Dr Perricone goes a step further to argue that it is inflammation at the cellular level that causes free radicals to form which damage collagen and elastin in the skin leading to wrinkle formation and sagging skin. From what I read, this happens when tissue breakdown occurs, such as with free radical attack, and white blood cells are mobilized to clean up the debris, creating an inflammatory response. And according to Dr Perricone, 50% of skin aging is due to the glycation process, which refers to sugar attaching or cross linking to collagen cells. The damage to skin occurs when sugar levels go up drastically and frequently say, when you binge on sugar several times a day. (source)

8. Skin cell damage caused by cortisol
Stress is often cited as a major cause for skin aging. Why? Cortisol is secreted in higher amounts during times of stress and a high level of cortisol can affect the immune cells in the epidermis, disrupting the skin’s barrier and weakening the skin’s defenses against UV light and other pollutants and infections. (source: Skin Care Secrets by Liz Earle)

So given that skin cells are not something we can apply serums or creams over, how can we possibly go about protecting them and keeping them healthy?  Is it even possible to expedite the skin cell renewal process when we age? Well, it isn’t that easy but it is possible and I’ll be discussing some of them tomorrow. For now, perhaps you can share with me if you think your skin cells are in good shape. Over to you!

Read entry: 12 ways to protect your skin cells

vivawoman1 Youthful skin starts from healthy skin cells © www.vivawoman.net copyright notice
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About Sesame

Blog editor of Viva Woman, Sesame is a skin care addict who is fond of using natural & organic beauty products. She also enjoys ogling at handmade jewelry & cute stationery.

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Comments

  1. Thanks for all this information. Wow it is a lot to think about. It is also making me think about changing a few of my habbits lol.

  2. Raelynn says:

    which is why the medical community claims that rather than drinking collagen (which is more of improving the skin condition as a general on the whole body and will require a lot of money and time to see results), it is suggested that we should use products that encourage cell repair and collagen building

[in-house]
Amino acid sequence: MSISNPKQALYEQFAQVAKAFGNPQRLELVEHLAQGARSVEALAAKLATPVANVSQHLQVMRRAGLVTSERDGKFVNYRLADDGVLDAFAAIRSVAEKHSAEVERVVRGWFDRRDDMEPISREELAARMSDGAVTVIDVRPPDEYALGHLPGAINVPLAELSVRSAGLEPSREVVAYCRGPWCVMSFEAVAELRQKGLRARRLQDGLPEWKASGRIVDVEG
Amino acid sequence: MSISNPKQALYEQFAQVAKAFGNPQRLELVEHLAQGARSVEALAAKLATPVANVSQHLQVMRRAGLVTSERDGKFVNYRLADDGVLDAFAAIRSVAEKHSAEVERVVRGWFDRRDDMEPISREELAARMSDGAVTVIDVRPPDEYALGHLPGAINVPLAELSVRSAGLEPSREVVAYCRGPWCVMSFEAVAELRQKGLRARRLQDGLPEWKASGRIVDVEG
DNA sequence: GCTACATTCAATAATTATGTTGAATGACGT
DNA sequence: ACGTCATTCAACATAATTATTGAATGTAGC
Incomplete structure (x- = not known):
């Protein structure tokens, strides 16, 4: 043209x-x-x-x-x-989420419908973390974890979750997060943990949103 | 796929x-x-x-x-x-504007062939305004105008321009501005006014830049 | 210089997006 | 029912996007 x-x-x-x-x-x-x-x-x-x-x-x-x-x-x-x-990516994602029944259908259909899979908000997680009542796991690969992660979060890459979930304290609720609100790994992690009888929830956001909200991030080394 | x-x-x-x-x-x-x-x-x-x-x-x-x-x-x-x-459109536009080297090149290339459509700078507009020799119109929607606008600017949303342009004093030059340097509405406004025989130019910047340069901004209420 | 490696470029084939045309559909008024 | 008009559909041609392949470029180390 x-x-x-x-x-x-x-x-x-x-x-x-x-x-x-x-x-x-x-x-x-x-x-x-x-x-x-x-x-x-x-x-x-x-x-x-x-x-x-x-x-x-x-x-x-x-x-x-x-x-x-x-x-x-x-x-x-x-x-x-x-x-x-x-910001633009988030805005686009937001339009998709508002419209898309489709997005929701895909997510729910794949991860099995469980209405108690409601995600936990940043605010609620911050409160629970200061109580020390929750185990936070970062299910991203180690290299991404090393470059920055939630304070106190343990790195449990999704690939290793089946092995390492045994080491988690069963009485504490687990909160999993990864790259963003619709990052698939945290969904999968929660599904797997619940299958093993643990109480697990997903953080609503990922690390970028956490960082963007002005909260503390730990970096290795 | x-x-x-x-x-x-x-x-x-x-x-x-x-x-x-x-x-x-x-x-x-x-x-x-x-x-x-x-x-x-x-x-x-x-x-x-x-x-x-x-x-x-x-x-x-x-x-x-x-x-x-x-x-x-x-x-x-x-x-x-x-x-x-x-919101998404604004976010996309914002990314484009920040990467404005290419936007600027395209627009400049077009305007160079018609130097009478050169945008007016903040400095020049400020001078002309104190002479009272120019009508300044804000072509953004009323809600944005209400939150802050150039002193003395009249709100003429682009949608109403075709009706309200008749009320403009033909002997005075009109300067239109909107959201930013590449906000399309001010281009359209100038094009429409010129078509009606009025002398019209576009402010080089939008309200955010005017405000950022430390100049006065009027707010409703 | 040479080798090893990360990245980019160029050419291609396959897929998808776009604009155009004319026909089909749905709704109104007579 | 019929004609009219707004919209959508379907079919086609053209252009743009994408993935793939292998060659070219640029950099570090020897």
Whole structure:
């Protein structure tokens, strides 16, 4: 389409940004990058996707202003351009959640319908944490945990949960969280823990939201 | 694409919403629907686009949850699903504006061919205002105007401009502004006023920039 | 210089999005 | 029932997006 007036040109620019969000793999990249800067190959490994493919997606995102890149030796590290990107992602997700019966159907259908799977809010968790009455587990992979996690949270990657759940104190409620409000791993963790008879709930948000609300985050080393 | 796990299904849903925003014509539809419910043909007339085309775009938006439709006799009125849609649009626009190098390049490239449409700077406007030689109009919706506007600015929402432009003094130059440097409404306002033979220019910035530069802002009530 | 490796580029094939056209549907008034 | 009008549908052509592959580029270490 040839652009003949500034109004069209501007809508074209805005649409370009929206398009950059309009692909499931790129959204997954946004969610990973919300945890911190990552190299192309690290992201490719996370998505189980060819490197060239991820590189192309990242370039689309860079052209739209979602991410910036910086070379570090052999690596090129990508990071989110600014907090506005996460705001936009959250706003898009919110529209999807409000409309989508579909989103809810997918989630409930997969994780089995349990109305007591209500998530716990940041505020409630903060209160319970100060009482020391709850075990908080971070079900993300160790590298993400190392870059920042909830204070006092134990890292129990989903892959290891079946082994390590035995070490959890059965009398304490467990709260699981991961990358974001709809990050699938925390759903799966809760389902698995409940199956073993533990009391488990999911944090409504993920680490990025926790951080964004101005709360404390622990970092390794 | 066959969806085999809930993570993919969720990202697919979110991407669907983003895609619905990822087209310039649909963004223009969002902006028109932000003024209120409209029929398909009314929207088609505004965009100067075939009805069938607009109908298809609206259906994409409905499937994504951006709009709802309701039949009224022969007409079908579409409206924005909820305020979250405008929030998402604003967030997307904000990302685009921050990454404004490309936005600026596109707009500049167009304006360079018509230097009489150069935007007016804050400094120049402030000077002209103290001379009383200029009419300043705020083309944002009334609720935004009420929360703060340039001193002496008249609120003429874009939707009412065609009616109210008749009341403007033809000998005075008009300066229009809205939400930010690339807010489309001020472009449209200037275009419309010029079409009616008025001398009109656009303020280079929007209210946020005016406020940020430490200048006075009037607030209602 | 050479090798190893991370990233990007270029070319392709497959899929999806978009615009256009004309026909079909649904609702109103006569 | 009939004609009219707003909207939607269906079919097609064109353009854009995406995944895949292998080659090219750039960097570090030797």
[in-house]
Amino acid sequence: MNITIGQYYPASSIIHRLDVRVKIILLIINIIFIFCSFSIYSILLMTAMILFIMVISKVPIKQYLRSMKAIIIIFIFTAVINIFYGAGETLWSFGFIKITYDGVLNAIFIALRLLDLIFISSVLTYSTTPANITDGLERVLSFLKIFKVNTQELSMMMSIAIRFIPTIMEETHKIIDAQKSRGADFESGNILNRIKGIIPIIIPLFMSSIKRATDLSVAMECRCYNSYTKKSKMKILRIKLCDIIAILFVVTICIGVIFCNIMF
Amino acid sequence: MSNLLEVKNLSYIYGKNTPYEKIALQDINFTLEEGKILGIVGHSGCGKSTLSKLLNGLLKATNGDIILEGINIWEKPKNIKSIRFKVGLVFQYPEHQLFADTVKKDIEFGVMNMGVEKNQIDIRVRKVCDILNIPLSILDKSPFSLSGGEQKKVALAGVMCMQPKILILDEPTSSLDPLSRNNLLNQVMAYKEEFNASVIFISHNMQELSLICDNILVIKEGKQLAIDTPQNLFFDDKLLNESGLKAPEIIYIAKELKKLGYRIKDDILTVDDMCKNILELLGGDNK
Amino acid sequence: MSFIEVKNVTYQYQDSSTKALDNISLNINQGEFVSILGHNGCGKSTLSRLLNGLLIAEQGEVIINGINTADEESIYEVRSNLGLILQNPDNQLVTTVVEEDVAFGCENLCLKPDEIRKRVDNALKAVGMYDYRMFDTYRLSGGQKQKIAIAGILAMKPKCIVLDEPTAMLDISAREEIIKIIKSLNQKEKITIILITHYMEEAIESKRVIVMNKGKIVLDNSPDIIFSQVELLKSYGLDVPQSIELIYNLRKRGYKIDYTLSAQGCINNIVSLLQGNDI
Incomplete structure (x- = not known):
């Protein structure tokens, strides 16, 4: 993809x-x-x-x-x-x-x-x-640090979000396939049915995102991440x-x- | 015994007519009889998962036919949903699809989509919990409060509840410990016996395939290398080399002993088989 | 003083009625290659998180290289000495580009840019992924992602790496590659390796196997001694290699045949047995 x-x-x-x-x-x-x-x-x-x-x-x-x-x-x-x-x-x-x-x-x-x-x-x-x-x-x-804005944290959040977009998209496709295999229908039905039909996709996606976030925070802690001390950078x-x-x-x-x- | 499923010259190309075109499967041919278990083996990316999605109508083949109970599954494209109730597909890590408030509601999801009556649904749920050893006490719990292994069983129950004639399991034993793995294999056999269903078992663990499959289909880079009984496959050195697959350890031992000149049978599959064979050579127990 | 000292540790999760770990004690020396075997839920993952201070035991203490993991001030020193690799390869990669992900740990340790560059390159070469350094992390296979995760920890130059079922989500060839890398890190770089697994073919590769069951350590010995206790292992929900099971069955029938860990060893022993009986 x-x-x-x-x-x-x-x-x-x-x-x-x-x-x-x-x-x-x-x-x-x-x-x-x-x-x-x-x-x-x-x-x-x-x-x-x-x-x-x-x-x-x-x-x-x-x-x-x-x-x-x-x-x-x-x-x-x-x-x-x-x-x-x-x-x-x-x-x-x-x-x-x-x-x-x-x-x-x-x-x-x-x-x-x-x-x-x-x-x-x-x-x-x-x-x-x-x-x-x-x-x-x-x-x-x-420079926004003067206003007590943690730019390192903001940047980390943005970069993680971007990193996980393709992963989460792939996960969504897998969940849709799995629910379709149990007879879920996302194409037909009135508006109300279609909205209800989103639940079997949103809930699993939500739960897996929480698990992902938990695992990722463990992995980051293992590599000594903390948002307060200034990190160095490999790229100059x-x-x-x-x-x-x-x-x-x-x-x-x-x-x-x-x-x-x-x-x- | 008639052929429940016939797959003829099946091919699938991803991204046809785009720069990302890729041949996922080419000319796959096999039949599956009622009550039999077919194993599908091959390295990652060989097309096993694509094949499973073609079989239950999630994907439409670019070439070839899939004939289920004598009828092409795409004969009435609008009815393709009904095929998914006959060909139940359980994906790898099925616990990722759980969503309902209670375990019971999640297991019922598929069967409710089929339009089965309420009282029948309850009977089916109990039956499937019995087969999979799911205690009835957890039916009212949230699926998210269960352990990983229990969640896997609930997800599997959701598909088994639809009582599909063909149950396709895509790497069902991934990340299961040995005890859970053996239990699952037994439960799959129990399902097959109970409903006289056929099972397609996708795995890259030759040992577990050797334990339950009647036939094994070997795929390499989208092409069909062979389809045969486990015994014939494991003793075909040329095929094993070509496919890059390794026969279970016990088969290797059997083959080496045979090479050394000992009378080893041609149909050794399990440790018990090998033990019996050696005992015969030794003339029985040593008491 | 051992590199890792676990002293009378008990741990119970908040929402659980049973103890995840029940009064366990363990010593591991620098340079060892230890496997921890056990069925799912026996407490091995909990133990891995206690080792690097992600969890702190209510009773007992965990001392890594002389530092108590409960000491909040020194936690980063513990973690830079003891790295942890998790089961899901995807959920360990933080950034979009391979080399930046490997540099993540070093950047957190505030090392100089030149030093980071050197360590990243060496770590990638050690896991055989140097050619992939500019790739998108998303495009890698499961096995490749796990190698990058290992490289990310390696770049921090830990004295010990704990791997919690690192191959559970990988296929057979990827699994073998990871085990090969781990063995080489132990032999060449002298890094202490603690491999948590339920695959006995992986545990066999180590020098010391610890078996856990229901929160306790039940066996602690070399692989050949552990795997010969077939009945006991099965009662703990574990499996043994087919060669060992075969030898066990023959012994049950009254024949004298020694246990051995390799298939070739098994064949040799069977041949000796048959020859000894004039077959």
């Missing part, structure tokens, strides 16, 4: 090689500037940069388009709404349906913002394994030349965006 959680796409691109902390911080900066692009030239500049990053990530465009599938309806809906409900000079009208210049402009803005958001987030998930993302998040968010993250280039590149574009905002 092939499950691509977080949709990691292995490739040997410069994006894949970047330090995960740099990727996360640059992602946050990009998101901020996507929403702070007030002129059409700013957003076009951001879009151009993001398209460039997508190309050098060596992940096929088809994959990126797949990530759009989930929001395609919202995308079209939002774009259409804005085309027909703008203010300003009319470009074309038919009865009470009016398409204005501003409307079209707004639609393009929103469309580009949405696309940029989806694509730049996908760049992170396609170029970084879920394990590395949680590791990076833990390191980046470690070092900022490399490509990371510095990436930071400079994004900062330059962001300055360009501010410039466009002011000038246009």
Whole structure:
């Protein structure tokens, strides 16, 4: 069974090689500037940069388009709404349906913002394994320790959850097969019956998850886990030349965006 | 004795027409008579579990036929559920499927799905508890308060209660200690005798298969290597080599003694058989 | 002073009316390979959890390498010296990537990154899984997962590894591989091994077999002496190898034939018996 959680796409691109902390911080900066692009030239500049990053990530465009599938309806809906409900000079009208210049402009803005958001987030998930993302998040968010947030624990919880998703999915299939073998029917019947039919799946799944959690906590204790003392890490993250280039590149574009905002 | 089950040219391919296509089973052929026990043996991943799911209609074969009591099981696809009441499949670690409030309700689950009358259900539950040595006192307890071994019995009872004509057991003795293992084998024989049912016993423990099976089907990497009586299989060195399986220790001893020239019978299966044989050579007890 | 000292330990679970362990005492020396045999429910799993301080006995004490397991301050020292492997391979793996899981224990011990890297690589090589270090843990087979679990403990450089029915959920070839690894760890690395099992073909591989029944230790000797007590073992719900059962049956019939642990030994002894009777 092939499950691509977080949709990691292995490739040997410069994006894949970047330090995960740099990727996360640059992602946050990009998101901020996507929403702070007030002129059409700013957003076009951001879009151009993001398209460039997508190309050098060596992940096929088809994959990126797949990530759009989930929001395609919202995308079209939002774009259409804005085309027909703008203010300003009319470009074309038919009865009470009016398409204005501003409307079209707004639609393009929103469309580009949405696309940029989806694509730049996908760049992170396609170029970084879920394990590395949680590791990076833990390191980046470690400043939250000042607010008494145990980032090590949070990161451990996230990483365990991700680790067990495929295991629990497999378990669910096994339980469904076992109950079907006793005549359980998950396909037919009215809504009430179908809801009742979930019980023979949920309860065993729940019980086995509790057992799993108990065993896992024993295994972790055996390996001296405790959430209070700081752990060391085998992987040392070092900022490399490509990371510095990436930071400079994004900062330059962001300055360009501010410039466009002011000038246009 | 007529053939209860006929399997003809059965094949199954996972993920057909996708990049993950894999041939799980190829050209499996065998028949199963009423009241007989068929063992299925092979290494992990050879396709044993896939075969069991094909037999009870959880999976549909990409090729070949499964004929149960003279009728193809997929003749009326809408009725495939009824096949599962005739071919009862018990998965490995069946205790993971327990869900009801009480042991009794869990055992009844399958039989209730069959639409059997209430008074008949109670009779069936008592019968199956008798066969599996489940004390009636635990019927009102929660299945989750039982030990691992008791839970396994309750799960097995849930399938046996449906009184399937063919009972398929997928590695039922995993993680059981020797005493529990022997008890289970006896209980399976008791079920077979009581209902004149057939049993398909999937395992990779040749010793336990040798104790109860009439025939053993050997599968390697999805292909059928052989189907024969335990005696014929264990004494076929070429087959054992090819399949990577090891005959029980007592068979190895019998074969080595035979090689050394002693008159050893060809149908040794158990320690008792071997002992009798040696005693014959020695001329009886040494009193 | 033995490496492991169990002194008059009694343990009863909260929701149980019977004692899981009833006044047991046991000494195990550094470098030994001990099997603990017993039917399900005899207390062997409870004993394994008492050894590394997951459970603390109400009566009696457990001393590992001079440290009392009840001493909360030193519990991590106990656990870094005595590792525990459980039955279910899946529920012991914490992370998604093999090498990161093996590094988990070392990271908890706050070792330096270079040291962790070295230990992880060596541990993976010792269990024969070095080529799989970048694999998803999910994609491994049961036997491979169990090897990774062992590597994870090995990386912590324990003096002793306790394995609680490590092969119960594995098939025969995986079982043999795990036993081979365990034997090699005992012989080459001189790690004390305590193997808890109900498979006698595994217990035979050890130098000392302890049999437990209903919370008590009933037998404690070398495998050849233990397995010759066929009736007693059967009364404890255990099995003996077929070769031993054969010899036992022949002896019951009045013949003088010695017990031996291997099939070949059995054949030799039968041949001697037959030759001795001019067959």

• sesame says:

      I see…but still, a number of the ladies mentioned they see good results from taking collagen.

      • Raelynn says:

        the lady who was talking to me was also in quite a dilemma, she’s a pharmaceutical major, and science tells her that drinking collagen doesnt specifically help the skin, yet when she drinks collagen, she feels that her skin is more supple.

        i suppose that the only thing that everyone agrees on is that it is quite an expensive thing to maintain.

  3. It obviously includes lifestyle changes pertaining to exercise and food as far as I can see because nothing applied on the surface would be enough to do the job.
    Btw, Sesame, I wanted to say again that I love your blog coz some of your articles are just too good and well-researched and pondered upon which is a very appreciable effort on your part :)

    • sesame says:

      Thanks Swathy! I visited your blog too and you’ve done a good job too. :)

      • Thanks Sesame. That’s really great coming from your :)
        Btw, I have a favor to ask of you. If you could oblige me, would you please do a guest post on my blog.

        • sesame says:

          Thanks for the invite but I don’t have the time to guest post anywhere. I barely have time to blog once a day here already and my work is getting busier from next week.

  4. Food we take in also has a lot of reasons behind skin health. We should eat healthy foods and especially those that help protect and promote new cells to replace old cells. Our skin is a miracle. Without it we cannot live.
    Linda last post is: How to Effectively Remove Skin Moles

  5. To reduce the affect of free radicals we need to add more antioxidants to our food and should follow a healthy skincare regimen to keep it healthy and glowing skin.
    Jenny Williams last post is: Review of awful affects on skin, when exposed to sun